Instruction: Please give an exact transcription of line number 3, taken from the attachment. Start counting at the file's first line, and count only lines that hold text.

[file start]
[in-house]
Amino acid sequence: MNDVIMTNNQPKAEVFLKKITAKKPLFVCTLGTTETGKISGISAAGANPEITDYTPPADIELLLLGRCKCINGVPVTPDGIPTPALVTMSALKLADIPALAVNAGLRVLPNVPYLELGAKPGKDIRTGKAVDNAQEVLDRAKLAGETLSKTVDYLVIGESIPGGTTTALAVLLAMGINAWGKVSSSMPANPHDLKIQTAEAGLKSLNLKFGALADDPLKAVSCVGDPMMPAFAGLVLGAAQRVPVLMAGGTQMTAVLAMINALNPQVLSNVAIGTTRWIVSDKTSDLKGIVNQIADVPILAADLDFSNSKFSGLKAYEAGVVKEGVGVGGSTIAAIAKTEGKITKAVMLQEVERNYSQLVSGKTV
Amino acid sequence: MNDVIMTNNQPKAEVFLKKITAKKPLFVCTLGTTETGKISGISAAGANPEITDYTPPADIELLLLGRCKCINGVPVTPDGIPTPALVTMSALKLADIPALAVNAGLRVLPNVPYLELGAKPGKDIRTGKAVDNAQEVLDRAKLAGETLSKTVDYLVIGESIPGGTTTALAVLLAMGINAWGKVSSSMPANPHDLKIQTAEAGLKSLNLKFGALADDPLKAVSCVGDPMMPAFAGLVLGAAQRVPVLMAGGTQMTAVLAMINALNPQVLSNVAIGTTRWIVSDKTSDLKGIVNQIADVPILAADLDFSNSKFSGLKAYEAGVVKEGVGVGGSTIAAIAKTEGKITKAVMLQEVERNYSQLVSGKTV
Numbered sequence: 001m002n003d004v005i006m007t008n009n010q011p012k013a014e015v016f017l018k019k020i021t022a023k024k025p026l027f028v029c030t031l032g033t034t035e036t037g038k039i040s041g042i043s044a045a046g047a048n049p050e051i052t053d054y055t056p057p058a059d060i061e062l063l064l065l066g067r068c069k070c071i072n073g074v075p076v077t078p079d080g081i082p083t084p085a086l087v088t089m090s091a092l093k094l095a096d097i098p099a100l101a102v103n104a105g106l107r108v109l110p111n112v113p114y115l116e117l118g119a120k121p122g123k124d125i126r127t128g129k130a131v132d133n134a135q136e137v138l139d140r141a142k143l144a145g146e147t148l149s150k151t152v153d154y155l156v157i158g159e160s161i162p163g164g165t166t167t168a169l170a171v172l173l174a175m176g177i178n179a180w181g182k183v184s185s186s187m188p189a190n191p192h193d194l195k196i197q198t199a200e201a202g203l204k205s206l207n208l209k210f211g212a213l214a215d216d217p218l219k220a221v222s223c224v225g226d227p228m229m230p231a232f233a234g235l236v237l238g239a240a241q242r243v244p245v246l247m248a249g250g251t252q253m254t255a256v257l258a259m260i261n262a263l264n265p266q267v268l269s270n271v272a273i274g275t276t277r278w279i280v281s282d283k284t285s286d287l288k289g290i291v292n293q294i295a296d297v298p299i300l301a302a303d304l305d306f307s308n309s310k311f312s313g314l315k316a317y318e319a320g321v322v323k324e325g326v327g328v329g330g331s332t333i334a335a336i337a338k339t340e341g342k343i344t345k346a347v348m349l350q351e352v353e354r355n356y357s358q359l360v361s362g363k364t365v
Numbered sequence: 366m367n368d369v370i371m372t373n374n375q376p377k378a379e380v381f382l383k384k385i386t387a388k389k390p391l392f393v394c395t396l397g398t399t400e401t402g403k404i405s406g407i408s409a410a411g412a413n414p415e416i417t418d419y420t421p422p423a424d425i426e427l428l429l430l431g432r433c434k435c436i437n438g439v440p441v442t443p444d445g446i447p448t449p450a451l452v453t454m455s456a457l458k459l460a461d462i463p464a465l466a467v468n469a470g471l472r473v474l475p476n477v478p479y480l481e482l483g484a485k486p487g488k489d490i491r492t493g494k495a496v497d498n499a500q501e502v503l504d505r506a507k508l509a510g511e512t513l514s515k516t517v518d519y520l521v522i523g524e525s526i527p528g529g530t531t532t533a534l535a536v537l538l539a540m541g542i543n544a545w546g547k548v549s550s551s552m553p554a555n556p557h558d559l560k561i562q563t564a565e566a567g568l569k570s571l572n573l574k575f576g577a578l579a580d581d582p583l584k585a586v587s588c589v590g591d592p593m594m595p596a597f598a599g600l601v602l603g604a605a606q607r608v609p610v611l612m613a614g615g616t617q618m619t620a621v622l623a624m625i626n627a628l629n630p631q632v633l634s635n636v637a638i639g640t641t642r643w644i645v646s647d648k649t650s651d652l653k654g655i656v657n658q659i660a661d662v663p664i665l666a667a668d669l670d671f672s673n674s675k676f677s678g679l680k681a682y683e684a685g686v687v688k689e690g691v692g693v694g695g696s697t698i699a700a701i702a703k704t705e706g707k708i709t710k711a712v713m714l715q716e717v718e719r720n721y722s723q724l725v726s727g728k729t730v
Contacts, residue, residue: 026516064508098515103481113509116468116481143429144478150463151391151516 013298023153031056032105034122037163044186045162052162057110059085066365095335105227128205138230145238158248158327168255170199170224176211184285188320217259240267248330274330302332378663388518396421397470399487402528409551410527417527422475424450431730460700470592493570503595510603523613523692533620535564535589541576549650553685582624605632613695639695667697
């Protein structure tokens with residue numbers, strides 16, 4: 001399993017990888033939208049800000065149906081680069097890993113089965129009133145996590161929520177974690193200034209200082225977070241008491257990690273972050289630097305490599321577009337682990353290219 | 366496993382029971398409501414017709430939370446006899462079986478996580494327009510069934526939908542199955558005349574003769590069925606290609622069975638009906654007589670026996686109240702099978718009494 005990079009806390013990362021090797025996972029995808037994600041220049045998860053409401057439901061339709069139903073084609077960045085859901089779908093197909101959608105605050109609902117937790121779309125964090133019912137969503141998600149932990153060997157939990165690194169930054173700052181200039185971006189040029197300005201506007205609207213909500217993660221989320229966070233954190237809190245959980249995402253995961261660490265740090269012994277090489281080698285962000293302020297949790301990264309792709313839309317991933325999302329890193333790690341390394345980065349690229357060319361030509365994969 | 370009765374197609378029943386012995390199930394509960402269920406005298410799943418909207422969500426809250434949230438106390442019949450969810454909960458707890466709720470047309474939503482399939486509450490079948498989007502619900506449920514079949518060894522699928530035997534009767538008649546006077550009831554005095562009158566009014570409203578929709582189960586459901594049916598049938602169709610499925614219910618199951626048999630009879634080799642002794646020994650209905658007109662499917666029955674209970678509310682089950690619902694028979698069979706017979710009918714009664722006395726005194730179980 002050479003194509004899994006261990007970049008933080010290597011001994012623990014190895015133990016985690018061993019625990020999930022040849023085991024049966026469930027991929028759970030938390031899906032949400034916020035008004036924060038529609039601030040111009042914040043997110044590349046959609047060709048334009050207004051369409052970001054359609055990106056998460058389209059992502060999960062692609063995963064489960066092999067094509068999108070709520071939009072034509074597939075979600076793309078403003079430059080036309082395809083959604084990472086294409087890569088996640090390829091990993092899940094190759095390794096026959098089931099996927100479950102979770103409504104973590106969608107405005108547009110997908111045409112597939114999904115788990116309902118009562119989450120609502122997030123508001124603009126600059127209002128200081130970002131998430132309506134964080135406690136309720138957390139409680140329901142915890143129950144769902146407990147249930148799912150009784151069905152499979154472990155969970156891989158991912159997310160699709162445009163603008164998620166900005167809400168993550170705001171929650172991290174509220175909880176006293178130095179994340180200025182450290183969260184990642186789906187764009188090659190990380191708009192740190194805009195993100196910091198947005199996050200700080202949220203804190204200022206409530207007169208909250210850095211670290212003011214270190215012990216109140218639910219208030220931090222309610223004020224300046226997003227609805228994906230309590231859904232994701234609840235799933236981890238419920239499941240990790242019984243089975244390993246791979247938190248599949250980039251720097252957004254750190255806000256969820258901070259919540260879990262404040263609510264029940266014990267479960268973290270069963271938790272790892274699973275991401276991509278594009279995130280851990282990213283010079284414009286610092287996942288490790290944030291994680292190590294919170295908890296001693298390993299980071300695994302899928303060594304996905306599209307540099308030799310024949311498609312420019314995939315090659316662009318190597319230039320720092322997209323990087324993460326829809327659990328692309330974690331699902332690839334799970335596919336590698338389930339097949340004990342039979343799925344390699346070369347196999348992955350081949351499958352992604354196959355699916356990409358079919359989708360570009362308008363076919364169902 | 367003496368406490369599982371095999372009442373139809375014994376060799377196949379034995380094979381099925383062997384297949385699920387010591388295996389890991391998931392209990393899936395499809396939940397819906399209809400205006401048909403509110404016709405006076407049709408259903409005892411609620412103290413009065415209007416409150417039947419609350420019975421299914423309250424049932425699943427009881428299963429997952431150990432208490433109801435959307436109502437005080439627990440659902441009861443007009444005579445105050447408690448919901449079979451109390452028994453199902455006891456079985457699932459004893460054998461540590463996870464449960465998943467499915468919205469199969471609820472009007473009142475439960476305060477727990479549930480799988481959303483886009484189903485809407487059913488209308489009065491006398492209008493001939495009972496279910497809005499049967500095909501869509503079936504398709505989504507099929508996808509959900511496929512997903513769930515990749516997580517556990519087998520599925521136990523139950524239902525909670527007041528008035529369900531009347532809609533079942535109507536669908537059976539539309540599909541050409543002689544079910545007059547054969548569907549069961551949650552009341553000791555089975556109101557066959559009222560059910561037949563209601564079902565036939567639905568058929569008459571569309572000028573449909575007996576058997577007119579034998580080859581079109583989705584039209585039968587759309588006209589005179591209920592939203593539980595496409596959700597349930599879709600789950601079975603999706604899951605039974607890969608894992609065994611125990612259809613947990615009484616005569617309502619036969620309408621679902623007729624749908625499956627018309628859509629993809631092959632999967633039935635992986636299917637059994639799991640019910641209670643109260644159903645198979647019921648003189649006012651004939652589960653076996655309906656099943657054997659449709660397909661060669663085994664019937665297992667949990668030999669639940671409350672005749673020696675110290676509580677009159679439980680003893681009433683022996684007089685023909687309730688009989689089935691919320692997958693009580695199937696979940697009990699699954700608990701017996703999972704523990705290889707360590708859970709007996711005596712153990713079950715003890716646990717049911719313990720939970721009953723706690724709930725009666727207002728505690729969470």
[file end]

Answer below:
Amino acid sequence: MNDVIMTNNQPKAEVFLKKITAKKPLFVCTLGTTETGKISGISAAGANPEITDYTPPADIELLLLGRCKCINGVPVTPDGIPTPALVTMSALKLADIPALAVNAGLRVLPNVPYLELGAKPGKDIRTGKAVDNAQEVLDRAKLAGETLSKTVDYLVIGESIPGGTTTALAVLLAMGINAWGKVSSSMPANPHDLKIQTAEAGLKSLNLKFGALADDPLKAVSCVGDPMMPAFAGLVLGAAQRVPVLMAGGTQMTAVLAMINALNPQVLSNVAIGTTRWIVSDKTSDLKGIVNQIADVPILAADLDFSNSKFSGLKAYEAGVVKEGVGVGGSTIAAIAKTEGKITKAVMLQEVERNYSQLVSGKTV